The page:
In this month’s featured post, Dr Dave Chaffey looks at a few methods for attributing value to content marketing campaigns.
With the increased focus on content marketing and the investment needed to compete, it’s natural that more people are questioning the returns from content marketing. This was the case in the recent ClickThrough webinar I gave on SEO and content marketing trends where some of the attendees asked about how to put a figure on the value from content marketing as part of SEO investments.
To answer this question we have to go back to the fundamentals of evaluating all types of on-site digital marketing investment. We have to make sure that we have a way of measuring the value of new incremental visits from new types of content relevant to our type of business.
Defining your measures of content value
In a previous ClickThrough blog post on selecting the right digital marketing KPIs I explained the ‘VQVC’ approach to analytics for measuring effectiveness.
VQVC stands for ‘volume, quality, value, cost’, so to answer this question about content marketing effectiveness we have to consider the two key value measures which I mentioned which are:
- Revenue per visit. For sites with Ecommerce tracking, Google Analytics will report Revenue per visit which enables you to review the revenue generated through new types of content.
- Goal value per visit. This KPI is used for non-Ecommerce sites which are used to generate awareness and leads although sales aren’t available on site. You need to assign a value to a goal such as a brochure download.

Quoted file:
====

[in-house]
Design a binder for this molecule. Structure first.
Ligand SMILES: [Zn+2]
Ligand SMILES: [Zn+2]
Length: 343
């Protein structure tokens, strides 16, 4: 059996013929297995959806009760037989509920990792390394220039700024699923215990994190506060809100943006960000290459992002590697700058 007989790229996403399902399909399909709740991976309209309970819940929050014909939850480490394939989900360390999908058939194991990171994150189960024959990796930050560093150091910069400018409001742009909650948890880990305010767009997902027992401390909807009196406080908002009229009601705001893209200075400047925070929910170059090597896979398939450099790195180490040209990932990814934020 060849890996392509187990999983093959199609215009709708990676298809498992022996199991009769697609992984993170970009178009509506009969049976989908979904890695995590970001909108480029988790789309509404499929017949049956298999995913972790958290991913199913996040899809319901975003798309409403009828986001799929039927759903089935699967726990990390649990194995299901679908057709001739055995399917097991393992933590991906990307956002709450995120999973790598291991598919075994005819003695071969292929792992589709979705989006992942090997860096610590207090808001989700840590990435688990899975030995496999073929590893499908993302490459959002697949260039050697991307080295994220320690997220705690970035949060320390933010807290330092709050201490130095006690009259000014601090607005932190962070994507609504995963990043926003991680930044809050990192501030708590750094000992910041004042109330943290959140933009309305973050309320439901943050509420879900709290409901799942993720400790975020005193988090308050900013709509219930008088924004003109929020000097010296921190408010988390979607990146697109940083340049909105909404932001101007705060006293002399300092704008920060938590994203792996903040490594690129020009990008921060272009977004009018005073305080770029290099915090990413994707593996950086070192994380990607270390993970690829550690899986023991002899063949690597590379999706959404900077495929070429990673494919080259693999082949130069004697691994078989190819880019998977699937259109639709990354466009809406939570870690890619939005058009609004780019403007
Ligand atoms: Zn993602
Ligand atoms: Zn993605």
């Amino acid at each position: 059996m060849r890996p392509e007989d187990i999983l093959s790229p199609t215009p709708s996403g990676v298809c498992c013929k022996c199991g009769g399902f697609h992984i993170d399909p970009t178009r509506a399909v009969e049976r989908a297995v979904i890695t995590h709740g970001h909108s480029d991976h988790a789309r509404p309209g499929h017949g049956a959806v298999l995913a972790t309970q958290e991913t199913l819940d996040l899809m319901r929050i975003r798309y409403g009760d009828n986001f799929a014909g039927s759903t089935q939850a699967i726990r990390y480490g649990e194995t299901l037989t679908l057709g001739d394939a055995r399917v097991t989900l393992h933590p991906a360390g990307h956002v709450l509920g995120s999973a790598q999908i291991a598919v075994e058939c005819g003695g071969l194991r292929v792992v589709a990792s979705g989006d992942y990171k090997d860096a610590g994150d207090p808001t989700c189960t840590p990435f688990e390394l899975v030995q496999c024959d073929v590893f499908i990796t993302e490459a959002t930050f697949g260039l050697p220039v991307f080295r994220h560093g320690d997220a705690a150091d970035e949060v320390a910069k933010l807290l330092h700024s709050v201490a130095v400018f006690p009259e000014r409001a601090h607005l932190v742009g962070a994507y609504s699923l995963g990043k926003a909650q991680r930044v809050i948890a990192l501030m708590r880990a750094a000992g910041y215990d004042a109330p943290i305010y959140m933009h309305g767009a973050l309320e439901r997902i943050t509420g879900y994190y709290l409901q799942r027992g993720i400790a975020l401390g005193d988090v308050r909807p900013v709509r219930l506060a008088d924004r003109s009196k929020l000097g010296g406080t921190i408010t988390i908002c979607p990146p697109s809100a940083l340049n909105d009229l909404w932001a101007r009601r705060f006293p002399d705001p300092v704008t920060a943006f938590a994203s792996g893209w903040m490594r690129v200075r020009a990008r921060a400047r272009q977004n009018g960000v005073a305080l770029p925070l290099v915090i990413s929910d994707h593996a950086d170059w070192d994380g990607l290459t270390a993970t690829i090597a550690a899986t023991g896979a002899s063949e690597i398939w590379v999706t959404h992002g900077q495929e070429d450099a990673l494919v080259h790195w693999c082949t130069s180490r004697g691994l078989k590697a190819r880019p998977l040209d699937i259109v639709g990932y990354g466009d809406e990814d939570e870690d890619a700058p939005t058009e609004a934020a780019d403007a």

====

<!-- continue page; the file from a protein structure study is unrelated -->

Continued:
The incremental revenue from content can then be compared to investment in content marketing to give a ROI.
Note that with Ecommerce or goal value tracking in place you can also use the Page value measure to compare the effectiveness of individual types of content. If you review this measure for new content pages you can then workback to see which pages are prompting the creation of value enabling.
Isolating value generated by new content
Once we know how to measure value, we then have to identify new visits and sales that can be specifically attributed to the investment in content marketing.
There are three main ways to tackle this. First you can isolate SEO traffic using an Advanced segment of organic (non-paid) search. You can then compare SEO visits and value before and after creation of the new content.
However, this doesn’t show which specific content is generating value, so the best approach is to isolate the new content in your reports using an advanced segment based on the labelling of the content. If you have your new content labelled consistently with a common label or in a subfolder, e.g. ‘resources’, then you can see how many visits, conversions and sales were generated by the new content investment. This again works best using an advanced segment.
A third approach is to use the keyword reports available within Google Analytics if you have Google Webmaster Tools integrated. This enables you to review new content visits by keyword (but only for the top 2000 keywords or so) and types of content despite most keywords being masked as ‘not provided’ in the traditional keyword reports.
The measurement approach I have described to evaluate content marketing here only shows new visits generated through SEO. To see the full picture of value generated by content you can also assess social media visits generated by new content and the value of the content in supporting future conversions on subsequent visits, for example using Google Analytics multichannel funnels.
I hope you find this approach useful. It can also be used for making the business case on a specific test campaign.